Admit It: You Wondered About or Double Checked the Iron, Coffee Pot or Washer Before You Left the House or After Leaving on Vacation: Obsessive Compulsive Personality Disorder.

We all do.  It’s natural. Yesterday I turned around about 5 minutes from home because I wasn’t sure I’d closed the garage door.  We all want our homes, possessions, family and selves to be safe. But what happens when that drive for safety becomes overwhelming, affecting our everyday lives?

Obsessive Compulsive Disorder is an anxiety disorder characterized by obsession, (ideas, thoughts, impulses or images) which often result in compulsions (the ritual performance of specific activities or mental acts over and over again). The purpose of the rituals is to get rid of the thoughts and protect those at risk, but of course it doesn’t work. These uncontrollable, unwanted thoughts and repetitive, ritualized behaviors control who you are and how you function in the world. And even though the sufferer knows they’re irrational, they are unable to stop the thoughts or behaviors without external help.

For those of you old enough to remember record players (yes I had one), OCD is like a needle getting stuck on a record and the same thought plays over and over again.

These thoughts and behaviors seem to fall into categories:

  • Image from Google Images

    Cleaners are afraid of contamination. They usually have cleaning or hand-washing compulsions which can leave their skin cracked and bleeding.  Usually these activities must be performed in a certain specific, rigid order. For example, one client would come home and stand on a green garbage bag inside the door and in a specific order remove every piece of clothing, put them in the wash and then shower, to ensure that germs from the outside didn’t come inside.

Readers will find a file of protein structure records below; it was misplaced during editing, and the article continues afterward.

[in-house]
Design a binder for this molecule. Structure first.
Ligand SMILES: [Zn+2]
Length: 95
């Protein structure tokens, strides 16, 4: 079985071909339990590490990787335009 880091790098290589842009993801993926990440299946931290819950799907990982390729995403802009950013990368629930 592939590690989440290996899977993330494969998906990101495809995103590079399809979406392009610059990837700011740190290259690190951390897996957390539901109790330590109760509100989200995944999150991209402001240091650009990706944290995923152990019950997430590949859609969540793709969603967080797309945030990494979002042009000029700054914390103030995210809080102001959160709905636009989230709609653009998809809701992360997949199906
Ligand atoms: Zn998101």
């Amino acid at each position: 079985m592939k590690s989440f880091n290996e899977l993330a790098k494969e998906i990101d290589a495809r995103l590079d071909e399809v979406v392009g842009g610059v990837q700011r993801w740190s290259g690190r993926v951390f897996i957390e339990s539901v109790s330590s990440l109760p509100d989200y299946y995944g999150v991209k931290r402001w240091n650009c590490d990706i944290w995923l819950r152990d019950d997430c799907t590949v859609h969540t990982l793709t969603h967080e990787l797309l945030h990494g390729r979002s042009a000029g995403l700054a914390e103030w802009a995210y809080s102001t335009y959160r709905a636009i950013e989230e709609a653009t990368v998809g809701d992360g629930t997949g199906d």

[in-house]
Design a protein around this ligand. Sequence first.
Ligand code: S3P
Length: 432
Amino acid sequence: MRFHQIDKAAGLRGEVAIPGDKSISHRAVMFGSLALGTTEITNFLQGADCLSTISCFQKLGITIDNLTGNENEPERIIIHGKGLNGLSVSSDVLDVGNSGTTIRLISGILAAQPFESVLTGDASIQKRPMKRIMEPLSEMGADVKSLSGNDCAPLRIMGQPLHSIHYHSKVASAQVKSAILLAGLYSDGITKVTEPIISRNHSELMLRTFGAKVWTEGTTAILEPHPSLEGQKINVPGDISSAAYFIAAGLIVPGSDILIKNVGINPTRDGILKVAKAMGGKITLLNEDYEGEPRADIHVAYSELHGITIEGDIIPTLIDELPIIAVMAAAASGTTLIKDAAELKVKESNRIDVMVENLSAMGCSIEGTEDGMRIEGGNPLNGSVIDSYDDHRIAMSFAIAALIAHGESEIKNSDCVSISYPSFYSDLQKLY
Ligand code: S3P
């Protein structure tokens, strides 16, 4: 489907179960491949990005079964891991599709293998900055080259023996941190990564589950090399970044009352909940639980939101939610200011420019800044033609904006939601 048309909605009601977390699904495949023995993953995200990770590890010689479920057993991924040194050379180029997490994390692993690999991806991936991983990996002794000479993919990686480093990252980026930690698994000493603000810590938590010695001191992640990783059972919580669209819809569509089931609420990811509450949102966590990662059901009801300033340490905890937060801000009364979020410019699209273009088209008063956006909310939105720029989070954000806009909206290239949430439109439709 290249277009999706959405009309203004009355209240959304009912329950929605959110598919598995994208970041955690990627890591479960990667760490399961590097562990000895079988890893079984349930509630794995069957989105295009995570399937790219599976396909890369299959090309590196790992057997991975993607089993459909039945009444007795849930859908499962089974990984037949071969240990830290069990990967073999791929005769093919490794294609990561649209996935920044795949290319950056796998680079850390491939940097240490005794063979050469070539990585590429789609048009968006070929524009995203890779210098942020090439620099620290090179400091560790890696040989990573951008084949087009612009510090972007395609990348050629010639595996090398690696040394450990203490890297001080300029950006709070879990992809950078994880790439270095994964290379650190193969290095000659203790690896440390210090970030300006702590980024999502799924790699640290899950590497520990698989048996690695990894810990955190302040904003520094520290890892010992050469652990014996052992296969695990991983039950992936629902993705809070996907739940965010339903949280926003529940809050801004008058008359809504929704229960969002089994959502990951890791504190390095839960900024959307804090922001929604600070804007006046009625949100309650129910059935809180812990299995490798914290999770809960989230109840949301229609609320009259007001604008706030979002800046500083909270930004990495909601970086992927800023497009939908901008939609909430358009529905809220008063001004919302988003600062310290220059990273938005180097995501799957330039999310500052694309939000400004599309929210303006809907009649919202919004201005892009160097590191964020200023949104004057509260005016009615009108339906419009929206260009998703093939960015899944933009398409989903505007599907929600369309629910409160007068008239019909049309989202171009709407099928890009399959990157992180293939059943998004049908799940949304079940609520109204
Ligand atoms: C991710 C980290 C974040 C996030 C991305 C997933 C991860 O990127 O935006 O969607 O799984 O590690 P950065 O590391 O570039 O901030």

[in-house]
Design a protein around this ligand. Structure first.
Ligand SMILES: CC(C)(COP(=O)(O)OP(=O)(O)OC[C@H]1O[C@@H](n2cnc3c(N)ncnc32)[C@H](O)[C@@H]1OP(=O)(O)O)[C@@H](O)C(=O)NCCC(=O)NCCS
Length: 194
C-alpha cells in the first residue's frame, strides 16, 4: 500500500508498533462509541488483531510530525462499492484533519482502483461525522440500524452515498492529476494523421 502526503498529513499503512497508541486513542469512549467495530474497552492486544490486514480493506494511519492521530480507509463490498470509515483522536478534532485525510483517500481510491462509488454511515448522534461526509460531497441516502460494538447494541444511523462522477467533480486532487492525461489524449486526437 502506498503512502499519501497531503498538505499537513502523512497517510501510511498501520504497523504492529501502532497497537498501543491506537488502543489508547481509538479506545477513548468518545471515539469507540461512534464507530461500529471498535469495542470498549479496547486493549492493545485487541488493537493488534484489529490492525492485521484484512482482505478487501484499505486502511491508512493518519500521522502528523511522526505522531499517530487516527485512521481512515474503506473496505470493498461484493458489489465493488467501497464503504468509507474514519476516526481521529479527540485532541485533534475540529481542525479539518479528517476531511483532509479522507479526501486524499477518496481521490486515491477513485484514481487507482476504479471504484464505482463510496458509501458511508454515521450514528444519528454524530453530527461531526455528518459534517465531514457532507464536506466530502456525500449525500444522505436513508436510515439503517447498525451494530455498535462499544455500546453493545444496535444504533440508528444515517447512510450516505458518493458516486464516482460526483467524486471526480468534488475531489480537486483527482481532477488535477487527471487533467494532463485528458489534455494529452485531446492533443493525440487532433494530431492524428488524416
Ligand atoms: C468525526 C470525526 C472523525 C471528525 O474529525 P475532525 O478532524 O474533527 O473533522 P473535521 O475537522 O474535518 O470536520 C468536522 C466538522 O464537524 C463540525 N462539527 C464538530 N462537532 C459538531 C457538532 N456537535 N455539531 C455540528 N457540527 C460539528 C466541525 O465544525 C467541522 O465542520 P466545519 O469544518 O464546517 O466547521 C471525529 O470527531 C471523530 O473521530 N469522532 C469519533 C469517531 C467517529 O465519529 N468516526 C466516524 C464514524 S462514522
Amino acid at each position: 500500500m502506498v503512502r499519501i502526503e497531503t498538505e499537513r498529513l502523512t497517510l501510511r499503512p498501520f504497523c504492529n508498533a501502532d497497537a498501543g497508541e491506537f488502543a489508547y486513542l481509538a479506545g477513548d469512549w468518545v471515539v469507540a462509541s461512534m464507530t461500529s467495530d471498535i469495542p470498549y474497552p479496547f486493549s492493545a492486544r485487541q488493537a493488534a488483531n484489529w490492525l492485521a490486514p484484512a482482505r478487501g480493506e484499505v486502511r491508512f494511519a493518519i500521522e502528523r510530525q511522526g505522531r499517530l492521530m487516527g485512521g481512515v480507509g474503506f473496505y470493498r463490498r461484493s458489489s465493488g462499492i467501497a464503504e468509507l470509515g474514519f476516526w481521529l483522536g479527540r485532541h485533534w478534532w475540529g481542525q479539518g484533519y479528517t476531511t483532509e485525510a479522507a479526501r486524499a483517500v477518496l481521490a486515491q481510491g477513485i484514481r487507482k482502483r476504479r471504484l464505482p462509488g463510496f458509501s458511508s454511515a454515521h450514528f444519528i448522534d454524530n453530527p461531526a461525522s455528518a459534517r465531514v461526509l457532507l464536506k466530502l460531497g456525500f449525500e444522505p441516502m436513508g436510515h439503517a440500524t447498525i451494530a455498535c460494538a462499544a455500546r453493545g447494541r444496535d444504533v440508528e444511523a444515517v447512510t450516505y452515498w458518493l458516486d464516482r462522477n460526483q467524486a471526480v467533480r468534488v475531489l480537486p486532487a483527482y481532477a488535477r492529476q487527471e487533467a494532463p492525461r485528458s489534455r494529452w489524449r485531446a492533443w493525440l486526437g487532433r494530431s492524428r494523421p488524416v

• Worriers repeatedly check things (iron unplugged, washer turned off) that they believe may cause harm to their home. (An unplugged iron will start a fire a burn my house down.) They may also be obsessed with repugnant images (throwing their child into a fire or off the balcony).
  • Doubters and sinners are afraid that anything less than perfection will cause something terrible to happen to themselves or a loved one. (If I don’t lock the door, someone will come in and kill my family.) As a result, anything less than perfection will result in a catastrophe.
  • Counters and arrangers are obsessed with order and symmetry. Often this includes superstitions about specific numbers, colors, or arrangements. This can include ensuring things happen in threes (or fours) or that phrases and words are ‘finger—typed’.
  • Hoarders fear the risk of throwing anything away, so they keep everything, regardless of its usefulness or value. We’ve all seen where this can end up, given reality television.

How do I know my returning home is simply being responsible and not an OCD activity?

  1. OCD  thoughts are intrusive and out of control. If I hadn’t returned home, I would not have spent the day worrying about my garage because I made a decision about the likelihood of the door being open.
  2. Thoughts are time consuming, chewing up hours of time over a week. If I decided it was unlikely I’d left the door open, I wouldn’t have given it much more thought.
  3. OCD thoughts cause a lot of anxiety or distress and interfere with life. I might have wondered once or twice during the day, especially on the return home after work, but otherwise I would have focused on work.
  4. My concern about the garage door would not have led me to create a ritual to ‘protect’ my home, even when I knew the door was closed.
  5. I wouldn’t (and didn’t) create some ritual to ensure I didn’t leave the door open again (this is not a plan of action to bring to consciousness that I’ve shut the door, but rather an activity (say clapping my hands three times) that is supposed to protect the house, even when I know the door is closed.

OCD usually starts between 18 – 24, although boys seem to get it earlier than girls. Approximately 1 – 2% of the population suffers from this disorder which fluctuates in intensity: when ‘active’ it takes up an inordinate amount of time. But the thoughts and behaviors can recede into the background in certain circumstances.